The New York Times details the difficult conditions for workers at Amazon, one of the world’s largest retailers:
…workers are encouraged to tear apart one another’s ideas in meetings, toil long and late (emails arrive past midnight, followed by text messages asking why they were not answered), and held to standards that the company boasts are “unreasonably high.” The internal phone directory instructs colleagues on how to send secret feedback to one another’s bosses. Employees say it is frequently used to sabotage others.
Sounds pretty sucky!
Welcome to adulthood, folks. Some jobs are awesome, some of them suck, and if you have the latter, you should try to trade it for the former.
What’s it like to be a lumberjack?
In 2010, the fatality rate was 92 per 100,000 workers – making it the 2nd most dangerous job in America by fatalities. Dangers include falling trees, operating dangerous equipment (such as chainsaws) and difficult terrain…snakes, insects, poisonous plants and the weather itself (from heat and humidity to very cold conditions).
How about an ER Nurse?
Nurse burnout is a condition where a nurse experiences chronic fatigue, exhaustion, tiredness, anger, irritability, frequent headaches, gastrointestinal disturbances, abnormal weight gain or loss, depression, insomnia and breathing difficulties on account of work stress affecting professional performance.
It’s not uncommon at all to hear of lawyers handling high profile cases chalking up in excess of 100 hours per week as this may be the only way of gathering, processing, analyzing and preparing all important information.
I have more information on other careers if you like. Elementary school teachers, beset by small wages and enormous pressures to ‘teach to the test’ with children who are suffering emotional or physical abuse at home. Veterinarians? They gotta ‘put down’ sweet and innocent pets that are sick, unwanted, or just because there are too many other pooches in the pound that day.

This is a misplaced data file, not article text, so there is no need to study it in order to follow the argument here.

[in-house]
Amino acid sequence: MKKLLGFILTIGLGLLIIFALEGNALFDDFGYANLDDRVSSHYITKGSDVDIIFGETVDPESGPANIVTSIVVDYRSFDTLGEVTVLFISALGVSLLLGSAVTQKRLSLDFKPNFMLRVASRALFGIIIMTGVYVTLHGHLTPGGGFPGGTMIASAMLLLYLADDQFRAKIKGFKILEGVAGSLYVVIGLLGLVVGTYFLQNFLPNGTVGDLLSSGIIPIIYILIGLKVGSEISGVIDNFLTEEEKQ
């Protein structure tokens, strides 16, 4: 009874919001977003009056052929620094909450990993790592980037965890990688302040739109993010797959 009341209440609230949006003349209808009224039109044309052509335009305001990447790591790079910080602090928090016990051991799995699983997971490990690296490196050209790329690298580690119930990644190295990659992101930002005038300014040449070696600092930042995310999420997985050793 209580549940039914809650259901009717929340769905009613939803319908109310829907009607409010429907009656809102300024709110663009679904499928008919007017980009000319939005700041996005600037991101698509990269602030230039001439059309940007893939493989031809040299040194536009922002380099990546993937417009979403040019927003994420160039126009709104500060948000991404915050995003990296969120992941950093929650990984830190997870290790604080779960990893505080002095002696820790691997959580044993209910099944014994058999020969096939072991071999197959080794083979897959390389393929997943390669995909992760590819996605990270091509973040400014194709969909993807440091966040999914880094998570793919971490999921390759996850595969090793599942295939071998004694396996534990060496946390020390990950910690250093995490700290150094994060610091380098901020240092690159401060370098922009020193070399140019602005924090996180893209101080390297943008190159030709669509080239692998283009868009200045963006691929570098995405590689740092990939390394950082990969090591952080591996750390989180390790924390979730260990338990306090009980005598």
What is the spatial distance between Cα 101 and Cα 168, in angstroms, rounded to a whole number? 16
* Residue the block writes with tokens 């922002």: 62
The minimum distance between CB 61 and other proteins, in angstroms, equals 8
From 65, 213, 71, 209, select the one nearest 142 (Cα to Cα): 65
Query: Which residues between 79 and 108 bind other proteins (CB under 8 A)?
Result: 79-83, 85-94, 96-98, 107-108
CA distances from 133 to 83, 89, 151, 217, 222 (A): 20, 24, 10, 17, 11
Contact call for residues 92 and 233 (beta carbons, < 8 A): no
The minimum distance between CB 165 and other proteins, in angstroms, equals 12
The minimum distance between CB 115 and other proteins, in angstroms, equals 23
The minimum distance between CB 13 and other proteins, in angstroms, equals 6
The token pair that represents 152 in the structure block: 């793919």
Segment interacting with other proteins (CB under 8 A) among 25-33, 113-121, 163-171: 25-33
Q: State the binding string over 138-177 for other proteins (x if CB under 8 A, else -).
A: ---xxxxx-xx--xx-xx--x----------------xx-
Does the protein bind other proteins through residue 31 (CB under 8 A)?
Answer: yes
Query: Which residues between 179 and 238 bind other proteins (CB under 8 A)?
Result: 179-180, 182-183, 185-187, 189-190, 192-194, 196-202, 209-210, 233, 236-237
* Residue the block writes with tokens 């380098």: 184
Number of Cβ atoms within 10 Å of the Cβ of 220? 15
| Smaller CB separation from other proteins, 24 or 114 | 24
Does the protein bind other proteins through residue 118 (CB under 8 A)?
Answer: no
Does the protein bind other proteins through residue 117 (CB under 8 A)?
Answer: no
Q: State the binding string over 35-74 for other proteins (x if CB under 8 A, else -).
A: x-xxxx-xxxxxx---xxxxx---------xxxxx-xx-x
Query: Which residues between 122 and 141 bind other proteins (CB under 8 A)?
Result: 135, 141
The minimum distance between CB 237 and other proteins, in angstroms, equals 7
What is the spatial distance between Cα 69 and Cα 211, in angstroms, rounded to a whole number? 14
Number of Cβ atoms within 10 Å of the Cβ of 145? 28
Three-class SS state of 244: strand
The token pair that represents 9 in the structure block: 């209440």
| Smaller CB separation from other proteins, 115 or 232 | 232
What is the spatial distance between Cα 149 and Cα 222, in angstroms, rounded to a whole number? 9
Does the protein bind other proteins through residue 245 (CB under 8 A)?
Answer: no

Hey guys, here’s a HOT TAKE: Amazon employees are lucky to be employed with the company! There’s a viewpoint that the New York Times didn’t share! Bezos and crew have been at the forefront of technological advancement for a decade-plus, and the company show no signs of slowing down. It’s big, it’s growing, and it’s relevant in a way that many companies aren’t. It’s a picky company to work for; it’s a difficult company to get an interview with (I’ve tried!). But, each one of these workers can leave at any time- just like any other job- freeing an opening for someone else that would love the opportunity.
In fact, Amazon gives $5,000 bonuses to people to leave once they discover they can’t hack the job pace! Try that at your job sometime. Tell your boss the work is too hard, you’re gonna quit, and by-the-way, can you write me a $5,000 check toot-suite?
Breaking news: Hard work is hard. If you cannot hack it, don’t like it, or want to spend more time at home, it’s absolutely understandable.
Just leave and find a new job. That’s what the rest of America does. And with Amazon on your resume, you’re bound to open a few doors that lumberjacks and schoolteachers can’t.